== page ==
I have a Windows 2000 domain for 20 Windows 2000 desktops and laptops. I am having no problems with users logging onto the network directly and accessing resources. However, when the same laptops try to access the network via dial-up networking, only about half of the connections can access server mapped folders or check our Exchange 2000 server for mail.
I have both the TCP/IP and NetBEUI protocols installed. All laptops are able to log on to the RAS server successfully, can access the Internet via the dial-up connection and even download from external Internet e-mail accounts. They just can't get to or even see the shared resources on the server. If I disable TCP/IP and leave just NetBEUI, they can see network resources, but can't access the Internet.
Technical Information: I have DHCP setup on the server (Range: 192.168.1.100 to 200) and Dynamic DNS is also setup, as well as WINS. Laptops are issued IP addresses (confirmed via IPCONFIG) but they don't show up in DNS, or the WINS listing, after they have logged on via RAS.
Two interesting items: When the laptops log onto the network directly (via Ethernet) the gateway address is correct: 192.168.1.1. When they log on via RAS the gateway is their DHCP assigned IP address. If I try to manually assign an IP address to the laptop, the server rejects it via dial-up, whether or not it is within the above allowed range.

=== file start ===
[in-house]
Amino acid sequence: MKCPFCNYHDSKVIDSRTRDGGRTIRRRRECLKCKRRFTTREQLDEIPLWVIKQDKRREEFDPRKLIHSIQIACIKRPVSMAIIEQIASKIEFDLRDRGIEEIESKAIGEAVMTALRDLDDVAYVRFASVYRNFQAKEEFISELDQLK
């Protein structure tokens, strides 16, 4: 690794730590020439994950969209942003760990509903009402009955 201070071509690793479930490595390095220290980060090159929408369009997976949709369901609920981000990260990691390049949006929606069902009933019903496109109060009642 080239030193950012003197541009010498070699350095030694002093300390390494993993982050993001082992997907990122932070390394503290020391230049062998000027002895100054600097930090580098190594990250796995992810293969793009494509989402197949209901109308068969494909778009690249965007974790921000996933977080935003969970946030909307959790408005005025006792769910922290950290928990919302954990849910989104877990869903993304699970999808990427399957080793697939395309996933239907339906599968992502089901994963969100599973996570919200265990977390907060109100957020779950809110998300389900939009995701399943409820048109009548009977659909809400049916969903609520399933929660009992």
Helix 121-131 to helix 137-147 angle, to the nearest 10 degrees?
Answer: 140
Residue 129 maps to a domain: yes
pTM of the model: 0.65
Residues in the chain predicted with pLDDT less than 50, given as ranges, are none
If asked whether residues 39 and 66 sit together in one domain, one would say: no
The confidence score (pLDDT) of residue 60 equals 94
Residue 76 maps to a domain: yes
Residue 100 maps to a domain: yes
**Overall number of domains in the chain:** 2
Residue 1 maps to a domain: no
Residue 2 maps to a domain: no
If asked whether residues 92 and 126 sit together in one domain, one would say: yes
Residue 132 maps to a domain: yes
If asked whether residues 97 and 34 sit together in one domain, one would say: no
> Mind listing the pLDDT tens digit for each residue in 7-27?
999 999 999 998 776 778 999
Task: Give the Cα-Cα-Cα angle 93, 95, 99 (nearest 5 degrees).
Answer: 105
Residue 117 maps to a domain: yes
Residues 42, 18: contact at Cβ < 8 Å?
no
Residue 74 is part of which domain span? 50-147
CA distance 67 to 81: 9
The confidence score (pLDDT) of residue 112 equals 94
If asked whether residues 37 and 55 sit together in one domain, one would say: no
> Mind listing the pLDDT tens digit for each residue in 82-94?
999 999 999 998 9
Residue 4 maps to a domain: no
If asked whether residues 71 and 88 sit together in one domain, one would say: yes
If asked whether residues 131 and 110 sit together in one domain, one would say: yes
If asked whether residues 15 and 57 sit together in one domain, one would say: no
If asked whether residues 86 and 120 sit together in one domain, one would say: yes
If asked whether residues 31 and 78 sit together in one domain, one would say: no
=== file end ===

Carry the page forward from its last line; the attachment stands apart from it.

I suspect I am missing a setting in the DNS, but can't seem to figure out what it is. I'd appreciate any help you might be able to give.
The gateway setting for a dial-up client will always be the dial-up interface. This tells the client, "If you want to get to the network, use this interface." So, you're okay there. The inability to see shared resources is a browser issue. The inability to connect to a shared resource is probably a name resolution issue. Windows 2000 RRAS does not pass DHCP configuration information out to the clients, so they might not be seeing the DNS and WINS server configuration information. Use IPCONFIG /ALL at the client to see if a DNS and WINS server is specified and if it is correct. If the addresses are correct, then the clients should be able to ping the flat name of a server as well as its fully qualified DNS name. Try this to see what happens.
Dig Deeper on Microsoft Active Directory Design and Administration